Heat stress imposed on roots of container-grown plants is an important problem in the nursery industry. In a number of nursery-grown species, substrate temperatures over 30 °C may cause root growth to slow considerably ( Johnson and Ingram, 1984
John W. Markham III, Dale J. Bremer, Cheryl R. Boyer, and Kenneth R. Schroeder
Michele A. Stanton, Joseph C. Scheerens, Richard C. Funt, and John R. Clark
fruit set in other crops. For instance, the delivery of abundant, viable pollen was not sufficient to ensure adequate fruit set in heat-stressed tomatoes ( Peet et al., 1997 ). When Brassica napus (L.) plants were exposed to short periods of high
Joseph Masabni, Youping Sun, Genhua Niu, and Priscilla Del Valle
microclimate in the summer by decreasing leaf temperature and leaf transpiration rate, thus alleviating heat stress ( Aberkani et al., 2008 ). The cultivation area under shade is constantly increasing in Mediterranean countries such as Israel, Morocco, and
Juan Carlos Díaz-Pérez
( Fig. 2 ) suggest that bell pepper plants were under heat stress, particularly those that were unshaded. Root zone temperature under plastic mulch affects plant growth and yield in several vegetable crops ( Díaz-Pérez et al., 2008 ). Root zone
Juan Carlos Díaz-Pérez
reduced root zone temperature to a value closer to optimal root zone temperature (≈27 °C) for bell pepper compared with unshaded conditions ( Díaz-Pérez, 2013 ). Decreased disease associated with shading may be related to amelioration of heat stress of
Thomas E. Marler and Patrick D. Lawton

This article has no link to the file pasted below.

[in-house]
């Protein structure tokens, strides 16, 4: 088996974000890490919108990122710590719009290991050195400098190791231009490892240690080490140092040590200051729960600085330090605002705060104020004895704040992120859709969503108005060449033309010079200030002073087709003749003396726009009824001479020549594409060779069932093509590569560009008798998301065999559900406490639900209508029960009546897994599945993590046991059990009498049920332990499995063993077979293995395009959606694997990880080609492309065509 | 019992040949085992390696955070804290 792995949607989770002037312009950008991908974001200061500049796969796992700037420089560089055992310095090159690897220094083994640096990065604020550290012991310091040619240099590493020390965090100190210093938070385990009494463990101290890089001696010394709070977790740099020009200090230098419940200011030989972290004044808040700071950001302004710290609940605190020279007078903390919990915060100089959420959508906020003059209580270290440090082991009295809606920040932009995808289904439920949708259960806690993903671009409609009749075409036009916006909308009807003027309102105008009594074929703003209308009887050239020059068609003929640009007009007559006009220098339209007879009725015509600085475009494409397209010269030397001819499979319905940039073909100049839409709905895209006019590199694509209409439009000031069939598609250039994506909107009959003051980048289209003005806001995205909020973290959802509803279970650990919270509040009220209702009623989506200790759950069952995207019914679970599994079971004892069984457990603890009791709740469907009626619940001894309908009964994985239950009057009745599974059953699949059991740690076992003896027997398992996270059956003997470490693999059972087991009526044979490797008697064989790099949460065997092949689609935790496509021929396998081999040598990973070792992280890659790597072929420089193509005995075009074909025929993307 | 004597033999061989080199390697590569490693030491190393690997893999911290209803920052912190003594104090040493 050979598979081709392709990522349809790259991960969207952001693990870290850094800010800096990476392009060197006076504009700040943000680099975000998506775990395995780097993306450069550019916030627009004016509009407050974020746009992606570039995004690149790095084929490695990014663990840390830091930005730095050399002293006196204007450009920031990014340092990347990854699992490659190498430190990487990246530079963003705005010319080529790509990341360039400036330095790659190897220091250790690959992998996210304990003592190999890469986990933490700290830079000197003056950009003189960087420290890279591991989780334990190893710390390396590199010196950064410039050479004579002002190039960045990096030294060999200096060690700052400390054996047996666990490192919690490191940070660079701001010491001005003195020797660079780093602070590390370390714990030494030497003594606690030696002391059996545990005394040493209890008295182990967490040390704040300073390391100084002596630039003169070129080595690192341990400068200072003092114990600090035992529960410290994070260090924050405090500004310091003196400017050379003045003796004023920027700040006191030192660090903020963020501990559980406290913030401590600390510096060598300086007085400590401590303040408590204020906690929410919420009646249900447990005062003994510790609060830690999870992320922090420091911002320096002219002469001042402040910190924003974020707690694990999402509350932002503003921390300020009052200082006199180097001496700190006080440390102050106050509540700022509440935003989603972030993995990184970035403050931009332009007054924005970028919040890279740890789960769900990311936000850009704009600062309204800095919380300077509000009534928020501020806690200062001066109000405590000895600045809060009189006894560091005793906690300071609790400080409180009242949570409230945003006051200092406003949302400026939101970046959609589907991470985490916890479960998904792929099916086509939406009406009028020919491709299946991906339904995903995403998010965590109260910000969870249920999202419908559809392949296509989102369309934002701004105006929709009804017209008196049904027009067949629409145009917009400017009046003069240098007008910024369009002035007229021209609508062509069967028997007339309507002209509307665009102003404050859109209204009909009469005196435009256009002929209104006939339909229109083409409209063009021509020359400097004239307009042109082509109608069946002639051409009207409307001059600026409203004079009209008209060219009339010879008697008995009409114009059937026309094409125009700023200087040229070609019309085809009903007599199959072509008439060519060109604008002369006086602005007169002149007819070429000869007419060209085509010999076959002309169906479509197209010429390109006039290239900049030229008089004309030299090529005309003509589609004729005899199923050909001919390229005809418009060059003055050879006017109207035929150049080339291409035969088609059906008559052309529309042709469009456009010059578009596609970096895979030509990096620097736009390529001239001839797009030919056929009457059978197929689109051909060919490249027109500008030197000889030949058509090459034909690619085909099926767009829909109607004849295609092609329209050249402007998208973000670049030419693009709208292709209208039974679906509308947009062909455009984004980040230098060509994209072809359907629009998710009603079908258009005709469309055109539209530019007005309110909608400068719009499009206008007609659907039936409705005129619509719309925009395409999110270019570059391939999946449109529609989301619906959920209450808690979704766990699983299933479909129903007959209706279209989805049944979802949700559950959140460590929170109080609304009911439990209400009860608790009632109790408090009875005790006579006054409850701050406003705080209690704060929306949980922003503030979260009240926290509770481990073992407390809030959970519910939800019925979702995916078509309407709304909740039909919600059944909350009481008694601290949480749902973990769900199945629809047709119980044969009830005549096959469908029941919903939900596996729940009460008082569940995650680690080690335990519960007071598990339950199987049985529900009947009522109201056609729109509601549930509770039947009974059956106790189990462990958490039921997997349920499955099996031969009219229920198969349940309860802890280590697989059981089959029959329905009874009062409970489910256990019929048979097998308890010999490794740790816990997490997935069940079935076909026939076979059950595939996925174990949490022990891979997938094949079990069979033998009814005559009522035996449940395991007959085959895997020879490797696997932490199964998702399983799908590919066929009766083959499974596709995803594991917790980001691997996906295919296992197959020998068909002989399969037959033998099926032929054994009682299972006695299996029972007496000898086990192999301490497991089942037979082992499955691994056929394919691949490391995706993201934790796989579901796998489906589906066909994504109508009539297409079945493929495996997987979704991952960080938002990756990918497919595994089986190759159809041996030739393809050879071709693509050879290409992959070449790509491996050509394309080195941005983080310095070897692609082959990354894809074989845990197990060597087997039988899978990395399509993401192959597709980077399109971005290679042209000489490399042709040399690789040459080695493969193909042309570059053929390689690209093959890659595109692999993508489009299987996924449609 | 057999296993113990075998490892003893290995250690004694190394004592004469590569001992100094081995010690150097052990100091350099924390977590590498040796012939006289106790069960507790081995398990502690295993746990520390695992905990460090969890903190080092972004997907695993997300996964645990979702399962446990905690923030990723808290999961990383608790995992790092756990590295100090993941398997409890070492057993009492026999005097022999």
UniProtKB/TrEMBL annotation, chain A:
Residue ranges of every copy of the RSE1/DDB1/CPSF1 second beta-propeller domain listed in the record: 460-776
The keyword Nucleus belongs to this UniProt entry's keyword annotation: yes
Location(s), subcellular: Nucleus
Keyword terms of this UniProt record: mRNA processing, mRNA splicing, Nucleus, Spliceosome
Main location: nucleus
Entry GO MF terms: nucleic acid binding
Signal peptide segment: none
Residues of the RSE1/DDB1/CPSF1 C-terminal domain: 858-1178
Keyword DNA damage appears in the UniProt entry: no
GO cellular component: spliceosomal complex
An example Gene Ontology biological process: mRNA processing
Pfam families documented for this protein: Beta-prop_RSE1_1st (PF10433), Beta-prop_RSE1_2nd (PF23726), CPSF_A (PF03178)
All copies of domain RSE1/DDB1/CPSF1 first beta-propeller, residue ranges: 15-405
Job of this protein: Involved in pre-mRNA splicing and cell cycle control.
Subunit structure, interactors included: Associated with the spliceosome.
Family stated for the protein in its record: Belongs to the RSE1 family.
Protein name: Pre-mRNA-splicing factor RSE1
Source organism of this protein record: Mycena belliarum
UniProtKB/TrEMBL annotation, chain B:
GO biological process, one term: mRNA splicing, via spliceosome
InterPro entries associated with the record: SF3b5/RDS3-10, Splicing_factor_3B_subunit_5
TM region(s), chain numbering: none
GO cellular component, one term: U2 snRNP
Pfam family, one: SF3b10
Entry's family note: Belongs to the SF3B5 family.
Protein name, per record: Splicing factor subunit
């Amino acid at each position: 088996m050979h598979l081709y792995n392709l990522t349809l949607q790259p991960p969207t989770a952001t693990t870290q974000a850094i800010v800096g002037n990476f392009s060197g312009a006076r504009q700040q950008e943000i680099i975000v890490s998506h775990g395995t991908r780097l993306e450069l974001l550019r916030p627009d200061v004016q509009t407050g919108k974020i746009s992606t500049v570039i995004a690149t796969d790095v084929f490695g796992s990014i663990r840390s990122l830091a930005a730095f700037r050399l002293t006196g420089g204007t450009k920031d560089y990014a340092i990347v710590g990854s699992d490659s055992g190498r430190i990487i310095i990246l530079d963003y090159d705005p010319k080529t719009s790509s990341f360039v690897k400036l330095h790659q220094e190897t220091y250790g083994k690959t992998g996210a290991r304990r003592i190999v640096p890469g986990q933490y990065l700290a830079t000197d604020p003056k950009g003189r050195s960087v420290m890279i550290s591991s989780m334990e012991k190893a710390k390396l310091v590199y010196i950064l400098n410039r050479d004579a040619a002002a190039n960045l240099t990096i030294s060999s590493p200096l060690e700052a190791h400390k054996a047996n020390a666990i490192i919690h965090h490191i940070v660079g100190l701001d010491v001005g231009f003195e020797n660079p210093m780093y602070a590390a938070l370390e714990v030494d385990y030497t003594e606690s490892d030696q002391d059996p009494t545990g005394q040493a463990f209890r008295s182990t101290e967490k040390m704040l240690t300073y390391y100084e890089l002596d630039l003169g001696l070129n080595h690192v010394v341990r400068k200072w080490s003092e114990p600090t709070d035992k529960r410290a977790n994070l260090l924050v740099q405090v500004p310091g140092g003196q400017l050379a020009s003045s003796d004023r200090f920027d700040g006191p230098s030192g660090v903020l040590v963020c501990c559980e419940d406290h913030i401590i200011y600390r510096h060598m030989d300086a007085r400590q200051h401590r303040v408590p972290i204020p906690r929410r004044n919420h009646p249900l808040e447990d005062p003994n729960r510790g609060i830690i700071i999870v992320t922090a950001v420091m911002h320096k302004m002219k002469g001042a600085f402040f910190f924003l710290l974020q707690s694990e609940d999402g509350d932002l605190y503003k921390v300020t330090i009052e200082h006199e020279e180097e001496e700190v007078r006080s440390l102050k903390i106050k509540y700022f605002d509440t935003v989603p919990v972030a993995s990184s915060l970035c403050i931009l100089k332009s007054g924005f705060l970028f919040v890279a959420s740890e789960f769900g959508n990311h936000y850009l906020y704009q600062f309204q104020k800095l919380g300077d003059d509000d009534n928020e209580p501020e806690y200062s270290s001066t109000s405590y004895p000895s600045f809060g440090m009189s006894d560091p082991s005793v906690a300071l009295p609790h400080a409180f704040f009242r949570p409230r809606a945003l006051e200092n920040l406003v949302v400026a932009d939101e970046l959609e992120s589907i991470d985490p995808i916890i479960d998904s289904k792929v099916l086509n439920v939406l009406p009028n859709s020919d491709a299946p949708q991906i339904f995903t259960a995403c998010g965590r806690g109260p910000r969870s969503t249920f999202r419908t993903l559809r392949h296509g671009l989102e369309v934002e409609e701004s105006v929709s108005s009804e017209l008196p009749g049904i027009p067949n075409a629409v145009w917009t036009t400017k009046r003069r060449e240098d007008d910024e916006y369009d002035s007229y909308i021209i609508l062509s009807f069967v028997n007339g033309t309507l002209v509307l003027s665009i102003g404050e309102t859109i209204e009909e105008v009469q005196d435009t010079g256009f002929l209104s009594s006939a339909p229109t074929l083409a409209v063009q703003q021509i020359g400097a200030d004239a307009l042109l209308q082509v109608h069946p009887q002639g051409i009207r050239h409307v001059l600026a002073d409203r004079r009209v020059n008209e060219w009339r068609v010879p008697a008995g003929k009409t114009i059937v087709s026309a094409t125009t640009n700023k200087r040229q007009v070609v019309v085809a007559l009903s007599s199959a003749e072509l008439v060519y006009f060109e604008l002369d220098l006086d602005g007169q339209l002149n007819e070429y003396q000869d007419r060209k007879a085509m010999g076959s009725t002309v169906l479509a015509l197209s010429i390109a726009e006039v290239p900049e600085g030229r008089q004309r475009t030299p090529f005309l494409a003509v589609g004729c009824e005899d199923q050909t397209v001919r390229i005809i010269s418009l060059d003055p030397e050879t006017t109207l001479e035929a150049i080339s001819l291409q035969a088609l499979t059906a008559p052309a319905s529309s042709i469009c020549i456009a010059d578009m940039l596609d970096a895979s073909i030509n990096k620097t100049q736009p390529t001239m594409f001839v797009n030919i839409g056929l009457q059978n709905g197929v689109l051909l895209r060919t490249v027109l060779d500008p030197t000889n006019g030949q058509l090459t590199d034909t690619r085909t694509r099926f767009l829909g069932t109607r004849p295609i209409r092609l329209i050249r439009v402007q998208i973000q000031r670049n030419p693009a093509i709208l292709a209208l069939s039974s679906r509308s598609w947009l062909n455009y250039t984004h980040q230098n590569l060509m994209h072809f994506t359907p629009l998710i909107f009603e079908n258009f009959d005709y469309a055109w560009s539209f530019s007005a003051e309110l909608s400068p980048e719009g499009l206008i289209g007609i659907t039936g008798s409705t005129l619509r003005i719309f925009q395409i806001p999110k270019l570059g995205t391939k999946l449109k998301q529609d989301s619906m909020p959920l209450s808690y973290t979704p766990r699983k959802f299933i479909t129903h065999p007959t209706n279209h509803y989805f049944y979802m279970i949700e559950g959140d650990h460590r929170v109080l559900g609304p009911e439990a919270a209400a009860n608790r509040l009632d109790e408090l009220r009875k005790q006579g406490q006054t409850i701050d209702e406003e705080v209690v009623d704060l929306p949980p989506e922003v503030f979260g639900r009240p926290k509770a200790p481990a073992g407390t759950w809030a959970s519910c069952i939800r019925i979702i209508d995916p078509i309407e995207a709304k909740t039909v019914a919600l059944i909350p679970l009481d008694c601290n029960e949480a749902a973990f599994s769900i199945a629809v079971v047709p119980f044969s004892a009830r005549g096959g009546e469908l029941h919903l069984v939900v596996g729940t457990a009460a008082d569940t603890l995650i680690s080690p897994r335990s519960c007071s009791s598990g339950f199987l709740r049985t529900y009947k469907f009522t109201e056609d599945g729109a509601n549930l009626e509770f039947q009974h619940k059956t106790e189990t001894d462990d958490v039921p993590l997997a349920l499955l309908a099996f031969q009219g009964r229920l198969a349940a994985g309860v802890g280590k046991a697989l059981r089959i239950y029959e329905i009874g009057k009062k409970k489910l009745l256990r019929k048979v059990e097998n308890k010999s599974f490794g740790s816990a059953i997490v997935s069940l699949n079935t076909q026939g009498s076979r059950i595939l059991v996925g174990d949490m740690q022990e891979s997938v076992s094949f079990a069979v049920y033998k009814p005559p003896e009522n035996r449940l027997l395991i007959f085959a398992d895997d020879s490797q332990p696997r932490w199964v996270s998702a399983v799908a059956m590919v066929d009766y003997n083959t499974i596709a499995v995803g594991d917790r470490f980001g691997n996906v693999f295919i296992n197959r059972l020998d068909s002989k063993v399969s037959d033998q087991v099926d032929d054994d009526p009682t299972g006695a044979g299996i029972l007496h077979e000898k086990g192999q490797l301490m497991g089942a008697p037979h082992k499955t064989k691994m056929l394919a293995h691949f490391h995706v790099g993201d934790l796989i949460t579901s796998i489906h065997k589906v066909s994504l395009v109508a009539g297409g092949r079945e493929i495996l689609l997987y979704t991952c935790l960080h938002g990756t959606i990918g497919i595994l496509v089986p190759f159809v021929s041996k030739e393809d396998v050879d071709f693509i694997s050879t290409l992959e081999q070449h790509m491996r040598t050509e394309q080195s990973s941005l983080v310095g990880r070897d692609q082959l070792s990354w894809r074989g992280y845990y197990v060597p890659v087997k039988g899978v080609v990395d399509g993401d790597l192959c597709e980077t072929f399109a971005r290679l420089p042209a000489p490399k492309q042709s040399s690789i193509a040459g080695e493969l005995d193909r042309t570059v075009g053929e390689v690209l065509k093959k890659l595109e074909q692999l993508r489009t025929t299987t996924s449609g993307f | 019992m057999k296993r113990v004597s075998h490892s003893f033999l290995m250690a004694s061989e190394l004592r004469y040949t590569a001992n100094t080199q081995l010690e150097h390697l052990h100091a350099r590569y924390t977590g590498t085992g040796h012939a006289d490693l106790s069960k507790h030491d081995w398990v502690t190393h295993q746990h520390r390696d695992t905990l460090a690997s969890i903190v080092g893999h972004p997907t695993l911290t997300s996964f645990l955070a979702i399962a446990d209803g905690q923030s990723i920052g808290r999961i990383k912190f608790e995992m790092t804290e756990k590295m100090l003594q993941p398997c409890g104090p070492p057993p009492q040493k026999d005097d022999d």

Temperature and chlorophyll fluorescence characteristics were determined on leaves of various horticultural species following a dark adaptation period where dark adaptation cuvettes were shielded from or exposed to solar radiation. In one study, temperature of Swietenia mahagoni (L.) Jacq. leaflets within cuvettes increased from ≈36C to ≈50C during a 30-minute exposure to solar radiation. Alternatively, when the leaflets and cuvettes were shielded from solar radiation, leaflet temperature declined to 33C in 10 to 15 minutes. In a second study, 16 horticultural species exhibited a lower variable: maximum fluorescence (Fv: Fm) when cuvettes were exposed to solar radiation during the 30-minute dark adaptation than when cuvettes were shielded. In a third study with S. mahagoni, the influence of self-shielding the cuvettes by wrapping them with white tape, white paper, or aluminum foil on temperature and fluorescence was compared to exposing or shielding the entire leaflet and cuvette. All of the shielding methods reduced leaflet temperature and increased the Fv: Fm ratio compared to leaving cuvettes exposed. These results indicate that heat stress from direct exposure to solar radiation is a potential source of error when interpreting chlorophyll fluorescence measurements on intact leaves. Methods for moderating or minimizing radiation interception during dark adaptation are recommended.
D.W. Heather, J.B. Sieczka, M.H. Dickson, and D.W. Wolfe
Forty hybrid broccoli [Brassica oleracea L. (Italica Group)] accessions were screened for heat tolerance and holding ability over three planting dates in 1988 at the Long Island Horticultural Research Laboratory in Riverhead, N.Y. Holding periods were quantified using the number of consecutive days between the time individual heads reached 10 cm diameter and cutting, which occurred when the sepals had fully expanded and had just begun to separate. In 1989 and 1991, heat stress was applied at various weeks during maturation to determine the most sensitive stage or stages of plant development in terms of reduction in holding period and head weight. Field studies and heat stress experiments indicate that heat stress may be most critical during the time the immature inflorescence measures 5 to 10 mm in diameter. This stage corresponds to ≈ 3 weeks before harvest for summer plantings in the northeastern United States.